- 26-23 record
- Super Bowl Champion (XXXVII)
- Pro Bowler (2002)
Brad Johnson was one of the last batch of quarterbacks who felt like they were born old and were allowed to function in NFL offenses deep into their careers. He helped bring the first Super Bowl to Tampa Bay at the age of 32, which was ancient by 2002 standards, but he won as more than the game manager some make him out to be.
Johnson wasn’t setting the world on fire, but he threw 22 touchdowns and just six interceptions during the Bucs Super Bowl season, which helped him get to the Pro Bowl. That’s more a statement on how far the league has advanced and evolved offenses, so adjust for inflation and Johnson’s season is one of the best on record.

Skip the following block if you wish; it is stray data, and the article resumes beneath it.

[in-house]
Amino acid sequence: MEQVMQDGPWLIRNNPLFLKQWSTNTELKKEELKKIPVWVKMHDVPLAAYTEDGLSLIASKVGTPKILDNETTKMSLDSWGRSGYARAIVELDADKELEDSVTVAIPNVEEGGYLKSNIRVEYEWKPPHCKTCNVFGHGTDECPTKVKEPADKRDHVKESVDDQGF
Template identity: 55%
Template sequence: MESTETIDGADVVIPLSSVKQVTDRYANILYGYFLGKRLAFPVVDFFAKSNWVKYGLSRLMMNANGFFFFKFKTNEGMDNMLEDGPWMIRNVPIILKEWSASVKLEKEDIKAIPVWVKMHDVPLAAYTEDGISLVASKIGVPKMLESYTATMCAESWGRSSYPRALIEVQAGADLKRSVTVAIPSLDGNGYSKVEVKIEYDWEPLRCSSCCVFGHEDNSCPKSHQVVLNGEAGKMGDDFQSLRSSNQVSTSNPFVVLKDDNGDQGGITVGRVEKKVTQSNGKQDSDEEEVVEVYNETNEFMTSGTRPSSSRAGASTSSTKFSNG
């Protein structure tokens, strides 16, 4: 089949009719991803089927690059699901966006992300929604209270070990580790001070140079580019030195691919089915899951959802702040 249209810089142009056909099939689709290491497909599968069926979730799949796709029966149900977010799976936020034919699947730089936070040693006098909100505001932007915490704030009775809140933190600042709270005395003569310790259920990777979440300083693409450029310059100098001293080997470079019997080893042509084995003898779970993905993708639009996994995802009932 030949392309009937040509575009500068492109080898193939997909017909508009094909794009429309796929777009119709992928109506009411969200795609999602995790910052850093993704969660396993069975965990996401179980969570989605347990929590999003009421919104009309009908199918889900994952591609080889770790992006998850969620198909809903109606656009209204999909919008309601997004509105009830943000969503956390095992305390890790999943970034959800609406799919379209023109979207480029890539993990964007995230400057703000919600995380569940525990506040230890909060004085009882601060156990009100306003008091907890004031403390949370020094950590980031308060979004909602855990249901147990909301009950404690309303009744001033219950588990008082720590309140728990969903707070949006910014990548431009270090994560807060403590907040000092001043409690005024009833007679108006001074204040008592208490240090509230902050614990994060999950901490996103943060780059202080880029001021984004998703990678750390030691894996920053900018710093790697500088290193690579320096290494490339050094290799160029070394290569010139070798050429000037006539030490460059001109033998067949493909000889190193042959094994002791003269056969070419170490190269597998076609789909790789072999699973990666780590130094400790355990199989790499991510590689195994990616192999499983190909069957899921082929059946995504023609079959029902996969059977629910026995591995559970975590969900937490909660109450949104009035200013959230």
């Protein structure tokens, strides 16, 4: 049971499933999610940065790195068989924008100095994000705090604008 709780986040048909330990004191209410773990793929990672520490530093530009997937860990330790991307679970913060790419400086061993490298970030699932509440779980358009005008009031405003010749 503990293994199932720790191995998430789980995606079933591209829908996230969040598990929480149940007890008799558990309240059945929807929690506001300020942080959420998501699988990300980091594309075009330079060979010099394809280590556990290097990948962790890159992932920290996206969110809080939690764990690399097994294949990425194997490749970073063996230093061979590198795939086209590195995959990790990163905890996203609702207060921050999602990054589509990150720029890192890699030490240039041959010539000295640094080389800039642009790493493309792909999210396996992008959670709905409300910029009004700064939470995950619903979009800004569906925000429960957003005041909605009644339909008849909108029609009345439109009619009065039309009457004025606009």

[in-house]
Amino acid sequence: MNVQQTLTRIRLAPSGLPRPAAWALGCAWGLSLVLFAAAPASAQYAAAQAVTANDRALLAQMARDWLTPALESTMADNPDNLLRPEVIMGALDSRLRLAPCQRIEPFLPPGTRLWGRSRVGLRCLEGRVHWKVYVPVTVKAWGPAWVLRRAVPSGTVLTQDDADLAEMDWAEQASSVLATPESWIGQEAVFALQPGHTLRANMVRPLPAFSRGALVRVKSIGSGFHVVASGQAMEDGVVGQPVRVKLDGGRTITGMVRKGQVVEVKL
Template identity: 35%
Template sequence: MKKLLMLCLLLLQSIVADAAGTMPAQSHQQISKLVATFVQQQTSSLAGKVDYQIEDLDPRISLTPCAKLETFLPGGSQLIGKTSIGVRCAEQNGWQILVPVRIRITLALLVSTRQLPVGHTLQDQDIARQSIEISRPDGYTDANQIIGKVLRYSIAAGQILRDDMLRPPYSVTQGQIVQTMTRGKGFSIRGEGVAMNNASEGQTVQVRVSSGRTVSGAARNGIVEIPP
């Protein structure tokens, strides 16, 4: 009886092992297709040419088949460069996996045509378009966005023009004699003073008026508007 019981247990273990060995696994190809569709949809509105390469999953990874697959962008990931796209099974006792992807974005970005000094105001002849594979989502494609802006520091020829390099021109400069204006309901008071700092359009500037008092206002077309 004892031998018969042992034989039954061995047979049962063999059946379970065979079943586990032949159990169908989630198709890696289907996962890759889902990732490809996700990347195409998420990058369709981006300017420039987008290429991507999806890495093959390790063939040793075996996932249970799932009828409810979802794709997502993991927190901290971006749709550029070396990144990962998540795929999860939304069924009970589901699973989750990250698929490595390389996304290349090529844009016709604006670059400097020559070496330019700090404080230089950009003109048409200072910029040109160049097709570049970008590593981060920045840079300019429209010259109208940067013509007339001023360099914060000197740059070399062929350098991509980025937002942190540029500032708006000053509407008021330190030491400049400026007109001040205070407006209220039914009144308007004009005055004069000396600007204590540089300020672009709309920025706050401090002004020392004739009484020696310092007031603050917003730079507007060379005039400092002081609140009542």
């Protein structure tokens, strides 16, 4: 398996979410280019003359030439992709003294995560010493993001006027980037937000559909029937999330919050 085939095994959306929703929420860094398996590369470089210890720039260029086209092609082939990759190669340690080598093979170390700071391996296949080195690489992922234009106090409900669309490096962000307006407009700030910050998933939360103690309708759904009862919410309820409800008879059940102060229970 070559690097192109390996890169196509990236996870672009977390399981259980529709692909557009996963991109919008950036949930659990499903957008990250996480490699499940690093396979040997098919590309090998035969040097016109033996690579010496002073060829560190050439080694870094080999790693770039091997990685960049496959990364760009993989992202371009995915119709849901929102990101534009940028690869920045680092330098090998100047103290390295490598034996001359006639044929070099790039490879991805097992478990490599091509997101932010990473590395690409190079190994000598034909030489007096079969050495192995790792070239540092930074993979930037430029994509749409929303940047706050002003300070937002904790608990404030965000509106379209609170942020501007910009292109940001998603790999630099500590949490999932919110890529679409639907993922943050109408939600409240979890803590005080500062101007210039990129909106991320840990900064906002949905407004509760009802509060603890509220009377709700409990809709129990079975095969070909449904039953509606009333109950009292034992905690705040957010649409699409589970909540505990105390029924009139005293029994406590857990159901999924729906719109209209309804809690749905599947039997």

It’s certainly one of the best seasons for a Buccaneers quarterback regardless of the era. The 2002 team is rightfully remembered for how legendary the defense was but Johnson did more than just stay out of its way. He also stuck around and turned in a few more 3,000 yard passing seasons with the Bucs before leaving in 2005 to return to his Minnesota roots and finish his career with the Vikings.
In stark contrast to Jameis Winston — and why he ranks slightly higher than him — is the fact that Johnson rarely made mistakes. He made the most of the opportunities the defense afforded the offense, which makes him more than just a game manager and into one of the best quarterbacks the franchise has ever had.